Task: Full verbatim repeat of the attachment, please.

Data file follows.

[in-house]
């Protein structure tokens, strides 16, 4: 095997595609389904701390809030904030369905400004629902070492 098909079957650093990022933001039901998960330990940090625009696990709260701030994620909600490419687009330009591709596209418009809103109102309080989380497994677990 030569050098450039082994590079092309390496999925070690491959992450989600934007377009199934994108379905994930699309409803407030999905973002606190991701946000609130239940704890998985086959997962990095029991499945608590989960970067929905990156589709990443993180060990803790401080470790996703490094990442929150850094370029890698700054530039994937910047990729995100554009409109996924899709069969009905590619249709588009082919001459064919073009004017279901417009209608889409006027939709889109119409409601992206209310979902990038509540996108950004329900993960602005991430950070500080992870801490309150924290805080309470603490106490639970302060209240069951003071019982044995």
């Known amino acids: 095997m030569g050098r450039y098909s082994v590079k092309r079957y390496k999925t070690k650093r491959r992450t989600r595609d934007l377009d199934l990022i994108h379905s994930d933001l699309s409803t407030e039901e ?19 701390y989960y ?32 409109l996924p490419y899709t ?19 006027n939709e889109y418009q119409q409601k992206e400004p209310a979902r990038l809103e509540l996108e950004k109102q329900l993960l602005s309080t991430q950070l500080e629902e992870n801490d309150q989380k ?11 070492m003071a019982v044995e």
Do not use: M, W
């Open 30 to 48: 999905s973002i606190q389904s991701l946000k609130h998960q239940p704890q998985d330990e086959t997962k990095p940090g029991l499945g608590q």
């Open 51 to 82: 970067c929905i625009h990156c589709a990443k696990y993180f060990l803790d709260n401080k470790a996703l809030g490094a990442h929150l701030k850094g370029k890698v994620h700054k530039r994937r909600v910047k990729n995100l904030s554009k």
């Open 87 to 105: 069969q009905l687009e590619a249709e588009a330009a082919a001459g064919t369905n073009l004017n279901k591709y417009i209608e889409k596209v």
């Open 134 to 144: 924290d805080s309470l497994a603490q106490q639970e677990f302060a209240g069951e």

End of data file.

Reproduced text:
[in-house]
């Protein structure tokens, strides 16, 4: 095997595609389904701390809030904030369905400004629902070492 098909079957650093990022933001039901998960330990940090625009696990709260701030994620909600490419687009330009591709596209418009809103109102309080989380497994677990 030569050098450039082994590079092309390496999925070690491959992450989600934007377009199934994108379905994930699309409803407030999905973002606190991701946000609130239940704890998985086959997962990095029991499945608590989960970067929905990156589709990443993180060990803790401080470790996703490094990442929150850094370029890698700054530039994937910047990729995100554009409109996924899709069969009905590619249709588009082919001459064919073009004017279901417009209608889409006027939709889109119409409601992206209310979902990038509540996108950004329900993960602005991430950070500080992870801490309150924290805080309470603490106490639970302060209240069951003071019982044995």
């Known amino acids: 095997m030569g050098r450039y098909s082994v590079k092309r079957y390496k999925t070690k650093r491959r992450t989600r595609d934007l377009d199934l990022i994108h379905s994930d933001l699309s409803t407030e039901e ?19 701390y989960y ?32 409109l996924p490419y899709t ?19 006027n939709e889109y418009q119409q409601k992206e400004p209310a979902r990038l809103e509540l996108e950004k109102q329900l993960l602005s309080t991430q950070l500080e629902e992870n801490d309150q989380k ?11 070492m003071a019982v044995e």
Do not use: M, W
């Open 30 to 48: 999905s973002i606190q389904s991701l946000k609130h998960q239940p704890q998985d330990e086959t997962k990095p940090g029991l499945g608590q």
């Open 51 to 82: 970067c929905i625009h990156c589709a990443k696990y993180f060990l803790d709260n401080k470790a996703l809030g490094a990442h929150l701030k850094g370029k890698v994620h700054k530039r994937r909600v910047k990729n995100l904030s554009k």
């Open 87 to 105: 069969q009905l687009e590619a249709e588009a330009a082919a001459g064919t369905n073009l004017n279901k591709y417009i209608e889409k596209v």
């Open 134 to 144: 924290d805080s309470l497994a603490q106490q639970e677990f302060a209240g069951e």